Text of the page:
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Linfield could lose David Healy to full-time game, says Michael O'Neill

 

By Jim gracey

Linfield could face a future battle to hold on to double-winning boss David Healy, Northern Ireland manager Michael O'Neill believes. O'Neill yesterday talked up his fellow former international Healy as a potential cross-channel candidate and also tipped star defender Jonny Evans as the current player most likely to follow him into management.

But his endorsement of Healy (right) will surely set alarm bells ringing among Linfield supporters, a month after the Northern Ireland legend secured them a magnificent League and Irish Cup double.

Linfield promptly rewarded his achievements, which also included a County Antrim Shield win, with a new contract until 2020.

And significantly, that is when O'Neill believes Healy, still only 37, will face decision time on his Windsor Park future. And that could mean a move back across the water where he enjoyed an extensive playing career with the likes of Preston, Leeds and Rangers.

O'Neill, who revealed he advised Healy to take the Linfield job, said: "He's done brilliantly. David has a very, very bright future as a manager, I've no doubts about that.

"He wants to progress. But he'll be limited in terms of the domestic game here, it is not going to offer him a huge amount of progression. He can only go so far, I know that from my time in the League of Ireland with Shamrock Rovers. There's a time to leave. I did three years at Shamrock Rovers. David's not even been at Linfield two years. The key is not to be in a rush to make that decision."

O’Neill, preparing for Saturday’s World Cup qualifier in Azerbaijan, also admitted he didn’t initially view Healy as management material.

He added: “David did a bit of scouting for us and I think he found he was at that point where maybe after playing you’re not sure about coaching, and I’m sure he was a little bit undecided.

“He phoned me when the Linfield job came up and I told him to take it. I felt at that stage it was what he needed.

“I wouldn’t have said David would have naturally been a manager (when he was playing). Sometimes players don’t really realise it until they can’t play and maybe David came into that category.

“There’s others thinking about being a manager when they’re 23, 24, and you’re saying, ‘Just concentrate on playing’.

“David was one that maybe didn’t have that grand plan but when the opportunity was presented to him it was the right timing for him in his life and it gave him a bit of direction after playing as well.”

With regard to Evans, O’Neill told why he regards the Greenisland-born star as the Northern Ireland player most suited to management, and he believes the “grounded” attitude of his countrymen is behind their success at home and in Scotland.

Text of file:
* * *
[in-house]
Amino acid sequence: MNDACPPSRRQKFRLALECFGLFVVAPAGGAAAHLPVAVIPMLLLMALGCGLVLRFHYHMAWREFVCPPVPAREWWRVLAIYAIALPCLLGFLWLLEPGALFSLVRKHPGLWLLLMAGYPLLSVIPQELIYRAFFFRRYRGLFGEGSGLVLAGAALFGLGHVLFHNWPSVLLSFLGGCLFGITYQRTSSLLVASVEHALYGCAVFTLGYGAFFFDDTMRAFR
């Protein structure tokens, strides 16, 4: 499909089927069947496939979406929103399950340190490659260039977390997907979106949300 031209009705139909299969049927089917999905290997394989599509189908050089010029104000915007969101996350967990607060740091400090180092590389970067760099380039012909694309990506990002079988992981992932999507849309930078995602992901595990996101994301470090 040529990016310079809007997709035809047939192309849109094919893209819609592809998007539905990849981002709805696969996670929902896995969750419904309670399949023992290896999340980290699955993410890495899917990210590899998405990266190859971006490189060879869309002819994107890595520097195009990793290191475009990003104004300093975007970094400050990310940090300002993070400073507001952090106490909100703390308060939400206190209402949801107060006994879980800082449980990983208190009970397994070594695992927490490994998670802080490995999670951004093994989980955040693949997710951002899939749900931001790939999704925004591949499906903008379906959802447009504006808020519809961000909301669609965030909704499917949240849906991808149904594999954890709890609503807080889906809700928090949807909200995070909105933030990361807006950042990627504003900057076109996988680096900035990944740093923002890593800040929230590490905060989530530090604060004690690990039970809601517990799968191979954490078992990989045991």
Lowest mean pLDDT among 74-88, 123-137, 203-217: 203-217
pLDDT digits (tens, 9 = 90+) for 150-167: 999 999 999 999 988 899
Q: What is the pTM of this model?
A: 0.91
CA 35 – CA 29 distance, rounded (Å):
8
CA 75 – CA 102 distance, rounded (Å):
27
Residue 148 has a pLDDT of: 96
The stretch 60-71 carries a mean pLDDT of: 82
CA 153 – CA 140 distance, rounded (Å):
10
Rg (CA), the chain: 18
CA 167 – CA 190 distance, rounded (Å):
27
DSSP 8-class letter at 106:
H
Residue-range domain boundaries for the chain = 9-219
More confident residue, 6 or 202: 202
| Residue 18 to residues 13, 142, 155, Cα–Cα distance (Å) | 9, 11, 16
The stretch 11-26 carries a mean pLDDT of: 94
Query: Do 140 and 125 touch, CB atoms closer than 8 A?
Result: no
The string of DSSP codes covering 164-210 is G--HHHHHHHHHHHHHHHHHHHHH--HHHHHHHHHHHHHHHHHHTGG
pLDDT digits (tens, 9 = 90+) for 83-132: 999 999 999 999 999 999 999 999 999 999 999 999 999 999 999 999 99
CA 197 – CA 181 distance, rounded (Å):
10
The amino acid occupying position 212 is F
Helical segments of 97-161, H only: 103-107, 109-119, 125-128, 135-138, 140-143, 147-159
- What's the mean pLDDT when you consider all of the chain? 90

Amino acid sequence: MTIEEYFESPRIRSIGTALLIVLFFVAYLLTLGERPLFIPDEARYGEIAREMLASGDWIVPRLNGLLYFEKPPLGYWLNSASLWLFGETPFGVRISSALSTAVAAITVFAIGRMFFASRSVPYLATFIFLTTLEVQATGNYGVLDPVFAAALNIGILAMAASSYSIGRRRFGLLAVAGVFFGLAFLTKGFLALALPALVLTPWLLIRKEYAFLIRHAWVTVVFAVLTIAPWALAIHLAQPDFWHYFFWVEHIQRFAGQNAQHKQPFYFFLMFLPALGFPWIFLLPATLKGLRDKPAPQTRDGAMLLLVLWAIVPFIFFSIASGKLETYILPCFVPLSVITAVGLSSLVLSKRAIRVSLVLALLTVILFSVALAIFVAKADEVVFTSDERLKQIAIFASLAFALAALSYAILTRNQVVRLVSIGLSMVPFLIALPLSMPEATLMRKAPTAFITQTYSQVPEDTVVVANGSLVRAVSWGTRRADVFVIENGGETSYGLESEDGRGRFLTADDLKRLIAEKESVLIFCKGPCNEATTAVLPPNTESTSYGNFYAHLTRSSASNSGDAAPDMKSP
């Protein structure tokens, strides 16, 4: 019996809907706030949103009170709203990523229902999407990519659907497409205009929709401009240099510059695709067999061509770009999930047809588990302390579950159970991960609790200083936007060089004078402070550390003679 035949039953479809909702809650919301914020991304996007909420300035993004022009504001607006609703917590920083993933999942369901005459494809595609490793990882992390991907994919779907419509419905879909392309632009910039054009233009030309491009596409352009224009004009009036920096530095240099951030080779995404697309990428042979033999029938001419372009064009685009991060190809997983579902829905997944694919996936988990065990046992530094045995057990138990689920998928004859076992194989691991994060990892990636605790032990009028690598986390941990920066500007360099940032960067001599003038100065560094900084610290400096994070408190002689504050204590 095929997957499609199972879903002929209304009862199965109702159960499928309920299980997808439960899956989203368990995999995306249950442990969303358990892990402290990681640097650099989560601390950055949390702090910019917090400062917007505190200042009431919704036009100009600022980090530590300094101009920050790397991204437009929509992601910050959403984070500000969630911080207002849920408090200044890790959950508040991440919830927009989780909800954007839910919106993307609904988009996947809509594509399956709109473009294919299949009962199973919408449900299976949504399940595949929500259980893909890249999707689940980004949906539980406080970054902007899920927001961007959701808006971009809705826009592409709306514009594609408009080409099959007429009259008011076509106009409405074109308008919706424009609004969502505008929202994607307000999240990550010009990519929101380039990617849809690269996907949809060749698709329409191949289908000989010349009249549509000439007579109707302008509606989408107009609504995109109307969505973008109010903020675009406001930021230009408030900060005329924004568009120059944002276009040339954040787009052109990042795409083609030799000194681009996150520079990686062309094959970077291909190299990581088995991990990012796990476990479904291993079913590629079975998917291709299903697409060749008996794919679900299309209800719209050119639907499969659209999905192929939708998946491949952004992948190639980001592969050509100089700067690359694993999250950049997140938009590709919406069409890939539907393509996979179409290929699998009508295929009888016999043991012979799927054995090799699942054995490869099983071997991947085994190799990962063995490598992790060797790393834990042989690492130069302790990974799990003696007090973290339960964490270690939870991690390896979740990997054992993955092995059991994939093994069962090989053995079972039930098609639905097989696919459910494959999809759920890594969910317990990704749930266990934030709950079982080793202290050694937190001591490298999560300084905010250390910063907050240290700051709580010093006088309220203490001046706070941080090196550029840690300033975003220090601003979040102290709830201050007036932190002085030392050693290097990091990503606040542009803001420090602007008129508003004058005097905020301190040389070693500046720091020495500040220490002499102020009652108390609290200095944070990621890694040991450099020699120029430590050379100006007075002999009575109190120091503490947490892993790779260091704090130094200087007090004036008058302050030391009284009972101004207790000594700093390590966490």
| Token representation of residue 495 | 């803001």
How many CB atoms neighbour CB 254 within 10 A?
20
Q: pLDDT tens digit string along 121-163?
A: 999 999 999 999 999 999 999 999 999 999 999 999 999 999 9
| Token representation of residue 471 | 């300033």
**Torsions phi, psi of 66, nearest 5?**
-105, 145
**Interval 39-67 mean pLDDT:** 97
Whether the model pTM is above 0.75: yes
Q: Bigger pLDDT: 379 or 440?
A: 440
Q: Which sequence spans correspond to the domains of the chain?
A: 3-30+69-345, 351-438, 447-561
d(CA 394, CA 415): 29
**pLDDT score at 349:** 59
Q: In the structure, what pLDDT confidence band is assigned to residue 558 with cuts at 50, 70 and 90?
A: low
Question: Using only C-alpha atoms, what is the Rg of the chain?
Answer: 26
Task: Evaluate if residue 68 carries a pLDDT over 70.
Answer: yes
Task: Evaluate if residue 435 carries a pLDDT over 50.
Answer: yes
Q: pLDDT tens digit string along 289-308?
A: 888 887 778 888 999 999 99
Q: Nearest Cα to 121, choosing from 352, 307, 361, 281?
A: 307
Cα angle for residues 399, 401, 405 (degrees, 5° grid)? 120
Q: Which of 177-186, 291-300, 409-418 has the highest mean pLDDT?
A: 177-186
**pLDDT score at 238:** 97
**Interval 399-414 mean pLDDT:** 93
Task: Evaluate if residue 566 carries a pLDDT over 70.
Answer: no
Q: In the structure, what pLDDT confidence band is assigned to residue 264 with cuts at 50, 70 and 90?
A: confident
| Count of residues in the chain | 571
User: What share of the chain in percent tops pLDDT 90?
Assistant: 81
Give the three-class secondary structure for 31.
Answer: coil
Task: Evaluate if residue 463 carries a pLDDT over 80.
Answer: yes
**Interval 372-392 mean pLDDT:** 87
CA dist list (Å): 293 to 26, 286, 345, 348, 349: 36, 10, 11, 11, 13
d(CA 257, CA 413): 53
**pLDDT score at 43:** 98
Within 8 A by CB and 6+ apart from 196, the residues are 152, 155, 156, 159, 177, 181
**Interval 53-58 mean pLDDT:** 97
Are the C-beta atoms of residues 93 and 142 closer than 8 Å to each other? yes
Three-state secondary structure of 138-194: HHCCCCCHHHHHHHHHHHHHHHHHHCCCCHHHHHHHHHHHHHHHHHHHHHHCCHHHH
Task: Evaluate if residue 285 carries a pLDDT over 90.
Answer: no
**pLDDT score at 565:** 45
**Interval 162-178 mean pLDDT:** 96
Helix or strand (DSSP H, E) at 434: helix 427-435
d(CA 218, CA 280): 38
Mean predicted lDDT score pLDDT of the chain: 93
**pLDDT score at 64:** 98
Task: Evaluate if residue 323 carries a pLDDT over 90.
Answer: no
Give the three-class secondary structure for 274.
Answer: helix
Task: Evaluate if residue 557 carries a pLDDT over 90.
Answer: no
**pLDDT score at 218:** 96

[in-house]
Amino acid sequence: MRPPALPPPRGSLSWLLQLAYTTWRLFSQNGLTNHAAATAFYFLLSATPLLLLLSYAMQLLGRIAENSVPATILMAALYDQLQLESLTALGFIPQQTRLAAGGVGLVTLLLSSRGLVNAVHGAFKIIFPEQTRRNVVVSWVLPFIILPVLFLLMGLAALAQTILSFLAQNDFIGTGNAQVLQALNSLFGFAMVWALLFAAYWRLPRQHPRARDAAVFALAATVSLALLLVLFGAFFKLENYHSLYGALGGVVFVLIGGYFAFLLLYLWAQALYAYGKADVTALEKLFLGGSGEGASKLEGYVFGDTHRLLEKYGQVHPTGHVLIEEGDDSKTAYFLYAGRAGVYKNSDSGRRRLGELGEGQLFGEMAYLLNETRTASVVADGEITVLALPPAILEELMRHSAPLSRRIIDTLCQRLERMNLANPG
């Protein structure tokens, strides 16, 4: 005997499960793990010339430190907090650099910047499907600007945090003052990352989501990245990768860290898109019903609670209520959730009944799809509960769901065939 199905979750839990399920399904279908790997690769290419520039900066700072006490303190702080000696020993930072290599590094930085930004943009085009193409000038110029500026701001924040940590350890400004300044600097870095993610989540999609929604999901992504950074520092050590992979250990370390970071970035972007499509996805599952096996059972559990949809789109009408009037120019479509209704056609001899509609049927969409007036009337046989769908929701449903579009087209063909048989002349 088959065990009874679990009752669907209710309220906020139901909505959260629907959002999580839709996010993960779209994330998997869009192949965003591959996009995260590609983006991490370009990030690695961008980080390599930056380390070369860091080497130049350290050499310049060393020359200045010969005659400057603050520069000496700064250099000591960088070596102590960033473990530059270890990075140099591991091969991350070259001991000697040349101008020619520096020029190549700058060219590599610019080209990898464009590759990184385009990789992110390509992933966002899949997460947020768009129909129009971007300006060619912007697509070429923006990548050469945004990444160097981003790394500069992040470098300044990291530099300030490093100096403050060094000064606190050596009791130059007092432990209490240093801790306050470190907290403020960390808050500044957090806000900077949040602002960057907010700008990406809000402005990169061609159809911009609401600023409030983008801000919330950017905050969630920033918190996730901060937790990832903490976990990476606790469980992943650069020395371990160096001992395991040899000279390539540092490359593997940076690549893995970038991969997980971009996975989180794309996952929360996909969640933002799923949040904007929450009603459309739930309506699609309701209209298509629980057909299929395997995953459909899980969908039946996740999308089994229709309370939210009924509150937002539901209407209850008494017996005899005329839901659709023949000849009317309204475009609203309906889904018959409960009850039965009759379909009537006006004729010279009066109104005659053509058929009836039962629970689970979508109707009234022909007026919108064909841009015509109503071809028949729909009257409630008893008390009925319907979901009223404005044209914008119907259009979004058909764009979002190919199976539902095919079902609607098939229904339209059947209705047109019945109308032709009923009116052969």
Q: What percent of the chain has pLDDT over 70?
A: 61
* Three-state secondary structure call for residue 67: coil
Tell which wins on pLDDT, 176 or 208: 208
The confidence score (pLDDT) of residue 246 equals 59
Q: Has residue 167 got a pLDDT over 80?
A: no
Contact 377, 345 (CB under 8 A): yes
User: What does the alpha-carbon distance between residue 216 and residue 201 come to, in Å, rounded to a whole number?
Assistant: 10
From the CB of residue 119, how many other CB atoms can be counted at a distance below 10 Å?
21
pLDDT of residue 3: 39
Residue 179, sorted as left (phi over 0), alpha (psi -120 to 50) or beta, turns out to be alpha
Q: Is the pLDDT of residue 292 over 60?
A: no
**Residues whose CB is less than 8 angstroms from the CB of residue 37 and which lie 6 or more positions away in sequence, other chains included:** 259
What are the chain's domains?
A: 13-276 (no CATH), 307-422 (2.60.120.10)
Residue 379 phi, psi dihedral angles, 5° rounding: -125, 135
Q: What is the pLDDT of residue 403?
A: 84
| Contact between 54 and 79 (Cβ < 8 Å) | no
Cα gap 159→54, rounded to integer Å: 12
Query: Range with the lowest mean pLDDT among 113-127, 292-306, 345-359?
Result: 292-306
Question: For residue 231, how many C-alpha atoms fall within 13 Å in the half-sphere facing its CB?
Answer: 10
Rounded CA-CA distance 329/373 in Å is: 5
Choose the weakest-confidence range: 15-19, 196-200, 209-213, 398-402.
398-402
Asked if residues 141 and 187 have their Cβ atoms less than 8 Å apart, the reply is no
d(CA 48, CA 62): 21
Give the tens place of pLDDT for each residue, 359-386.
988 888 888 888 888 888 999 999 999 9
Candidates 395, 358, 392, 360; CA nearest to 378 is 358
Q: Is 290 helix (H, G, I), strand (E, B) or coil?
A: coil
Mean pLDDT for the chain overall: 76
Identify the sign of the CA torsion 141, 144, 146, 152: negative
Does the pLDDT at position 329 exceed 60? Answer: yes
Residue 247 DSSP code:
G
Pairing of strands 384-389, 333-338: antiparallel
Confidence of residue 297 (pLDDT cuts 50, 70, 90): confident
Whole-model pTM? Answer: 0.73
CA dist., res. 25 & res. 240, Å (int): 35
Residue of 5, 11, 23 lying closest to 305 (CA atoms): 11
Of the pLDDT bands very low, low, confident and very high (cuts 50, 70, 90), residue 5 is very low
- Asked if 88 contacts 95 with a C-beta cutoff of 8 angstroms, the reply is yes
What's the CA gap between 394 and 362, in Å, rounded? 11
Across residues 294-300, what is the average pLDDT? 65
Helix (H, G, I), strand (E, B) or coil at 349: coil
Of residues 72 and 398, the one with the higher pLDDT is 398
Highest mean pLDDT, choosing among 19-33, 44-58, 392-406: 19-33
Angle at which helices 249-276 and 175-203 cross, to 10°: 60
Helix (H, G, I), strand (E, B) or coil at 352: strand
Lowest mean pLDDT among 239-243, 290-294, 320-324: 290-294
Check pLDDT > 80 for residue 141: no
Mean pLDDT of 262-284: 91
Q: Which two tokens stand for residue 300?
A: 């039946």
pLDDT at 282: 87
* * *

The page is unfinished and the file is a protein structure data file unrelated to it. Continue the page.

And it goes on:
O’Neill insists Evans has all the attributes to hold the reins somewhere himself one day, though he appreciates why many of today’s players are seeking alternative careers upon retirement.

His message to those contemplating becoming a boss is that the industry’s demanding nature is what should make it so appealing to those still hoping to scratch their competitive itch.

“Jonny’s very bright, very intelligent, he knows the game and has strong opinions on the game,” O’Neill said. “Jonny has all the attributes you would look for in a manager and he’s got good qualities as a human being as well as a football coach.

“Within the squad, they all have capabilities and know the game. We have a lot of people who have a lot of good human qualities that I think would make them a good manager.

“But you just never know with players. Everyone comes at different times and has a different career path. The biggest thing now is, ‘Are you prepared to do the work? Are you prepared to go and start somewhere and work your way into it?’

“The modern-day player just may not have that desire. You’ve so many opportunities outside the game. We’re seeing people who were perceived as if they were going to be top managers actually settle for being pundits.

“If you have the playing career that some of those guys had I think that’s fully understandable. I had to go and start at Brechin City while I was working in financial services — that was what was open to me.

“You do it, work as hard as you can, and hopefully have success. It’s where lads get the opportunity and whether they’re prepared to take it and stick at it.

“It’s a very challenging career but that’s what makes it enjoyable.”

That was the message O’Neill relayed to his country’s record scorer Healy when he was offered his maiden managerial gig with Linfield in 2015.

The Blues had not won the Irish League or Irish Cup since 2012, yet he lifted both in his first full season and was one of a number of Northern Ireland managerial success stories.

After O’Neill led his country to the last 16 at the Euros, Brendan Rodgers claimed three trophies during an unbeaten domestic season with Celtic, Neil Lennon guided Hibernian to the Scottish Championship title and Tommy Wright once again secured European football for St Johnstone.

“They’re all very grounded,” O’Neill added. “I think their players see that in them which means they want to play for them, which is key.”

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